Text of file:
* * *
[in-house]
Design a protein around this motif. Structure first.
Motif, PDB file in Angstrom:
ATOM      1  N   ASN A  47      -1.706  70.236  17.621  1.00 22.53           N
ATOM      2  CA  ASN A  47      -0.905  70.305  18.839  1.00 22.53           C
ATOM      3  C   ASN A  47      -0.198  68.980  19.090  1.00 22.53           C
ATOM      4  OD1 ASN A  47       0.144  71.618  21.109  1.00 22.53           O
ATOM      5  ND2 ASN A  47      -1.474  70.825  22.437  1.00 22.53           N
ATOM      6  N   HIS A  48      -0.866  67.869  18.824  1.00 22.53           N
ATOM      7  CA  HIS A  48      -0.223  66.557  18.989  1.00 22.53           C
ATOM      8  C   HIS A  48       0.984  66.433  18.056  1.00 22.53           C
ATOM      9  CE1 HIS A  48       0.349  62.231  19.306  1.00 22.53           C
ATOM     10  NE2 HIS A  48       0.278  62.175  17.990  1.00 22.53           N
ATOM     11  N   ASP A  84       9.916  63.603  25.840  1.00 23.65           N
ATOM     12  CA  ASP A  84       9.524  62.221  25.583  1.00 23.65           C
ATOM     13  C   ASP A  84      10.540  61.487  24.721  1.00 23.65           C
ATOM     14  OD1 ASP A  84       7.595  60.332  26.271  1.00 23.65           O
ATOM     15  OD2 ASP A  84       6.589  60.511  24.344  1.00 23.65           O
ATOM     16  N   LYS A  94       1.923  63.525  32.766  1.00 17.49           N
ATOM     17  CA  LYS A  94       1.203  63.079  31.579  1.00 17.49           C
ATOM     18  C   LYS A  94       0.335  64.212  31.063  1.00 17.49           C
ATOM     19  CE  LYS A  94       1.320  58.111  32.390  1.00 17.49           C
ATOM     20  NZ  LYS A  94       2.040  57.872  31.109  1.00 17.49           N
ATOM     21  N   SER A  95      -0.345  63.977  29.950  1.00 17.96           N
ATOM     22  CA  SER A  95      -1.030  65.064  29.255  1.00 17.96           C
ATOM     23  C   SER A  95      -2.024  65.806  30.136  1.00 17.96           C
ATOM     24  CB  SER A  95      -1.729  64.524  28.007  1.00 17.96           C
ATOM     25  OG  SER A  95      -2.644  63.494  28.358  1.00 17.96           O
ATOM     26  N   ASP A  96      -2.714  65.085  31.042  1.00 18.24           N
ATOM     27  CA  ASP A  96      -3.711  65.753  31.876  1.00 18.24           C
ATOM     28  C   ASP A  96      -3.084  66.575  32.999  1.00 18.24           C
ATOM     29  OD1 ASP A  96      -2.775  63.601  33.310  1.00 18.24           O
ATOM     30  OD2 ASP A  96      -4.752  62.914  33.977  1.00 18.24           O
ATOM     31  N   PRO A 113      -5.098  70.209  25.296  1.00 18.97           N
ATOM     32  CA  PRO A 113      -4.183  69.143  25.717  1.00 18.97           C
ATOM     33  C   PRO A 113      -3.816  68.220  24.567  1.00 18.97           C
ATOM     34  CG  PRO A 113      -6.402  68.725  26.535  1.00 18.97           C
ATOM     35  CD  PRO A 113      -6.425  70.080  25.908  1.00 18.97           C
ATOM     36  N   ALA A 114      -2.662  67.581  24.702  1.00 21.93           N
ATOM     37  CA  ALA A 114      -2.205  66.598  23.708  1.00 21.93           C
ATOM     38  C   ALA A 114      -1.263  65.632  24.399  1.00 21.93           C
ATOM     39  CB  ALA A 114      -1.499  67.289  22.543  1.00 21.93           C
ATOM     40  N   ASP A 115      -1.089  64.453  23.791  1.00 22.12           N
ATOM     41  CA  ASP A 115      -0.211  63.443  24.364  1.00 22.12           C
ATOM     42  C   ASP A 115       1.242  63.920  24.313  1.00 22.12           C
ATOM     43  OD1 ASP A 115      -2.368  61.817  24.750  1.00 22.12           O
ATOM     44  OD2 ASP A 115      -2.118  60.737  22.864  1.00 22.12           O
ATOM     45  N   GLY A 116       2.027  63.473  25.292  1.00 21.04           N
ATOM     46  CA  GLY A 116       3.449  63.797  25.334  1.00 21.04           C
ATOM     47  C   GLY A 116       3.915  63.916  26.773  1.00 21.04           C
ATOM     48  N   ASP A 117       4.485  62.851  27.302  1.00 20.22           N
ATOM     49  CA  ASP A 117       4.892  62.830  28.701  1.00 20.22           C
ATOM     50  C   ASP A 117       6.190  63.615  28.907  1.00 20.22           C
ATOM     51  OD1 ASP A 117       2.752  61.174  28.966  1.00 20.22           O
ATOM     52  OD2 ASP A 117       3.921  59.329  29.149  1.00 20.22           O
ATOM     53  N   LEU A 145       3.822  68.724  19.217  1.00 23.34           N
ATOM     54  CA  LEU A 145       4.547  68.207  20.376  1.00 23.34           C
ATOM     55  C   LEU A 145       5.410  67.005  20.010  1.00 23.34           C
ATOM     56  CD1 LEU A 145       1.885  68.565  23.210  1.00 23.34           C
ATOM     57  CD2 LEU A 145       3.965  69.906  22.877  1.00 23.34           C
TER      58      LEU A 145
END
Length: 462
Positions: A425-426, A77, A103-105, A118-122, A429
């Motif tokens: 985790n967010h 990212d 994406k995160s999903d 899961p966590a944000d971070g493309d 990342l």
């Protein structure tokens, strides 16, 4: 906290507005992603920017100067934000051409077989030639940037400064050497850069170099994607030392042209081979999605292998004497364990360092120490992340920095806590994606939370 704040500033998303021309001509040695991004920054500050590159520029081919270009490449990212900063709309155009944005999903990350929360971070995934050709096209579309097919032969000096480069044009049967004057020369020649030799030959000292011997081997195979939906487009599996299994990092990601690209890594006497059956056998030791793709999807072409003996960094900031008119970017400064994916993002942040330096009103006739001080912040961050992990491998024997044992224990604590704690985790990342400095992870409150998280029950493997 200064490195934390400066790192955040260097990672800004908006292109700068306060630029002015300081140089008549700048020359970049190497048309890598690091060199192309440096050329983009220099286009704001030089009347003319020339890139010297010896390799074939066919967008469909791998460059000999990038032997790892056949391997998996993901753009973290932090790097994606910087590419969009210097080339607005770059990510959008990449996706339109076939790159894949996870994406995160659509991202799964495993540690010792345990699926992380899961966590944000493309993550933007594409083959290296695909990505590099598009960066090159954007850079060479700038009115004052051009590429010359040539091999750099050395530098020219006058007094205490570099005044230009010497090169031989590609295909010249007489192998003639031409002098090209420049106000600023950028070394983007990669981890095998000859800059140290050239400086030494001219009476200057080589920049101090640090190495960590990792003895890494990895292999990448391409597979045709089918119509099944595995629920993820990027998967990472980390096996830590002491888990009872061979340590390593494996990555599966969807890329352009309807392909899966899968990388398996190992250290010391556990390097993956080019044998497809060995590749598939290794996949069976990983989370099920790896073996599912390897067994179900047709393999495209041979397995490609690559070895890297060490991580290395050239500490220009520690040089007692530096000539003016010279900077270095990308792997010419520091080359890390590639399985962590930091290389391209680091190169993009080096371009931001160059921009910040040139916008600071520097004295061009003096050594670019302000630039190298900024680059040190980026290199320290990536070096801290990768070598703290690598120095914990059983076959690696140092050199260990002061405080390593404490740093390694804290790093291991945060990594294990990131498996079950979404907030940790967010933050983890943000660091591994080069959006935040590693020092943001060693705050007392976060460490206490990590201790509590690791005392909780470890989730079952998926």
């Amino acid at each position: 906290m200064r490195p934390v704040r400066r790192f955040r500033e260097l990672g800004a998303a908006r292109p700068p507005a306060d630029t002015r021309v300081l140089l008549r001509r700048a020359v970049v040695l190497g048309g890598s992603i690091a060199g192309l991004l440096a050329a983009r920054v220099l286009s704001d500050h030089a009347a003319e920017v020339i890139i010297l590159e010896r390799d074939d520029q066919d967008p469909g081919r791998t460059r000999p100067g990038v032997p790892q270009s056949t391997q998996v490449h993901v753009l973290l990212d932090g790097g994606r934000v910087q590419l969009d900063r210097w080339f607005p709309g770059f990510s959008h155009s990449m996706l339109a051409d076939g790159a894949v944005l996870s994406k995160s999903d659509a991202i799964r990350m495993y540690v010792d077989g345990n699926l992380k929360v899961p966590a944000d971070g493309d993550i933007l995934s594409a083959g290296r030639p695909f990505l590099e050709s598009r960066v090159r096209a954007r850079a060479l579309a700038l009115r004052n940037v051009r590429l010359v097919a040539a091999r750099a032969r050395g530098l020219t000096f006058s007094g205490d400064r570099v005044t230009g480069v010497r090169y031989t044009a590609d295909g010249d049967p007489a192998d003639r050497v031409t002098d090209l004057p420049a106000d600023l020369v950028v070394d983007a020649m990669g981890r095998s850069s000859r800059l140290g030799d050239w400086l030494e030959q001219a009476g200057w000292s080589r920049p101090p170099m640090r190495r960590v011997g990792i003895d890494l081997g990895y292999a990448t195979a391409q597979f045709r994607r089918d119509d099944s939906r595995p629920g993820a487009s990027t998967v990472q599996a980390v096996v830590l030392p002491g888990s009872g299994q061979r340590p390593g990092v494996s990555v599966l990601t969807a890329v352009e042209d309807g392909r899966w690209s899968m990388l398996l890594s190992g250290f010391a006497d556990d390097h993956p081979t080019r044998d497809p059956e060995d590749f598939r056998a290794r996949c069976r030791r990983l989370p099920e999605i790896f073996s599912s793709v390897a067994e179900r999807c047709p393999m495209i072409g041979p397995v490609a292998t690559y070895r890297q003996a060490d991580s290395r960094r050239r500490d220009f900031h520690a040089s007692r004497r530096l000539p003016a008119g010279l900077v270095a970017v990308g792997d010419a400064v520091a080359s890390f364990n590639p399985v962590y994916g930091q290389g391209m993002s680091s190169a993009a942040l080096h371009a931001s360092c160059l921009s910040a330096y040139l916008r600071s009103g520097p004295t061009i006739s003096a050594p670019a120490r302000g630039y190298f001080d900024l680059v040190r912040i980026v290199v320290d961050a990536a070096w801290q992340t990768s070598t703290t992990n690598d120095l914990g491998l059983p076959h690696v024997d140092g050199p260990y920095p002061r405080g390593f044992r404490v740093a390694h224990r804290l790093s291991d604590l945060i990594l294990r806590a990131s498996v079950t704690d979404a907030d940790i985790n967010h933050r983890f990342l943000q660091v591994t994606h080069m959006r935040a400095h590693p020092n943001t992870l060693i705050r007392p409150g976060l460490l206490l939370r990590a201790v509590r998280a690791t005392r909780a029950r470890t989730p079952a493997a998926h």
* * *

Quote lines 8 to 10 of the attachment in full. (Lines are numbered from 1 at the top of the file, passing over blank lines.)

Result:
ATOM      5  ND2 ASN A  47      -1.474  70.825  22.437  1.00 22.53           N
ATOM      6  N   HIS A  48      -0.866  67.869  18.824  1.00 22.53           N
ATOM      7  CA  HIS A  48      -0.223  66.557  18.989  1.00 22.53           C